1398Re: [cooking_rumpolt] Re: Kalb 14 - boiled liver dumplings
- Mar 2, 2012I would actually think a poor journeyman (or apprentice) would fit. They were not paid well, especially when compared to a wealthy Herr
Gwen back to fall Cat
>________________________________[Non-text portions of this message have been removed]
> From: Sharon Palmer <ranvaig@...>
>Sent: Friday, March 2, 2012 9:30 AM
>Subject: [cooking_rumpolt] Re: Kalb 14 - boiled liver dumplings
>>"Gesell" here means more something like "fellow", "buddy", not "journeyman".
>>I'm not sure what the passage is supposed to
>>mean. Is he trying to describe "diligence" as a
>>person, meaning something like "be diligent, it
>>is a good quality to have"?
>Yes, Journeyman seems to be a modern meaning.
>ENHG says "Geselle" is companion
>Grimm says "Gesell" is someone you sleep with
>and "Geselle" is derived from "saal" or hall, I
>think the gist is someone that lives in the same
>other passages with "gesell". Perhaps journeyman
>isn't right, but I don't think "buddy" is either.
>für einen armen Gesellen/ vnd auch für grosse Herrn.
>for a poor fellow/ and also for a great lord.
>so ist es ein gute Suppen vor einen armen Gesellen.
>like this it is a good soup for a poor fellow.
>as well as several uses of "Gesellschafft" which I translated as "society"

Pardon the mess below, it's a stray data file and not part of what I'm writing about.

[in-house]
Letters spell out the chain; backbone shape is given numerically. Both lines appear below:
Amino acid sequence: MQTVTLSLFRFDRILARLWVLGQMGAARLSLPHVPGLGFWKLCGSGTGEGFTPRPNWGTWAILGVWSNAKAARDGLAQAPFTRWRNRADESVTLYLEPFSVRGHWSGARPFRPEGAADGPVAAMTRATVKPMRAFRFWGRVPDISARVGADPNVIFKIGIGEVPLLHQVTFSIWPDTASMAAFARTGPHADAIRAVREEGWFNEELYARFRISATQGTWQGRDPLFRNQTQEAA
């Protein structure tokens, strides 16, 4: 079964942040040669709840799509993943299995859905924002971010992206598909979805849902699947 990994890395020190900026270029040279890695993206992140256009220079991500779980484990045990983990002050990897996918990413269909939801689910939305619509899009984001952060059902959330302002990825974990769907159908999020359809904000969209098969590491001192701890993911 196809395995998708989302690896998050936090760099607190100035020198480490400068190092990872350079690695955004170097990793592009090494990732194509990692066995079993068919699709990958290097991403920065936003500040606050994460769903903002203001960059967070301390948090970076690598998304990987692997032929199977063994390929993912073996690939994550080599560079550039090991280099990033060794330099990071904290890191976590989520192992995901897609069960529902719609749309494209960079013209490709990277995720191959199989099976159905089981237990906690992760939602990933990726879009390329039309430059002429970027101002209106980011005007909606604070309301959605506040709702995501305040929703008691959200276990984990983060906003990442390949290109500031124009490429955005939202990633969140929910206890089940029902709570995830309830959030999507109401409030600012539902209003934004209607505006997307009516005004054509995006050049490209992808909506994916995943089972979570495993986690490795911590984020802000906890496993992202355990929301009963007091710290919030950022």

>>"einschlahen" is very probably modern
>>"einschlagen". As with "einmachen", I suspect
>>that Rumpolt uses the word in a broader sense
>>than we would use it today.
>Rumpolt uses "einschlagen" in the narrow meaning
>of wrap or enclose, usually in dough. As does
>Welserin. The modern dictionary has enclose as
>ENHG doesn't list einschlagen or einschlahen
>Grimm lists einschlahen as a form of einschlagen
>Grimm lists 26 meanings for einschlagen, one of
>them is to put something in a sack or barrel.
>>Zur Sprache glosses both the verbs schlagen and schlahen with the same
>>entry with the singular meaning of "schlachten" from Götze. - Wekcer " so
>>schlahe sie [die Erbsen] durch ein Seigephfann oder weiß tuch."
>"schlagen" = hit or beat, is different than
>"einschlagen" or "schlag ein" = wrap.
>>Oddly this would mean that Rumpolt has 2 kinds of spelling for the same
>>word. Perhaps - since we are seeing some other variances (?), Rumpolt had
>>a different scribe, typesetter, or perhaps different source they were
>>copying? Something to consider in a work of this size.
>Spelling isn't quite standardized yet, more than
>one spelling is pretty common. But I've seen
>signs that there was more than one typesetter.
>In particular, there are words that are spelled
>always one way in the menus, and always another
>in the rest of the book. And there also words
>that are spelled differently on a more or less
>Actually the two places that use einschlahen are
>both in the Kalb section, both seem to mean wrap.
>I'd call it an alternate spelling.
>Kalb 14. wann du die Lunge~ wilt einschlahen/ -
>when you want to wrap?? the lungs/
>Kalb 25. Ein Kälbern Nierenbraten einzuschlahen in einem RuckenTeig.
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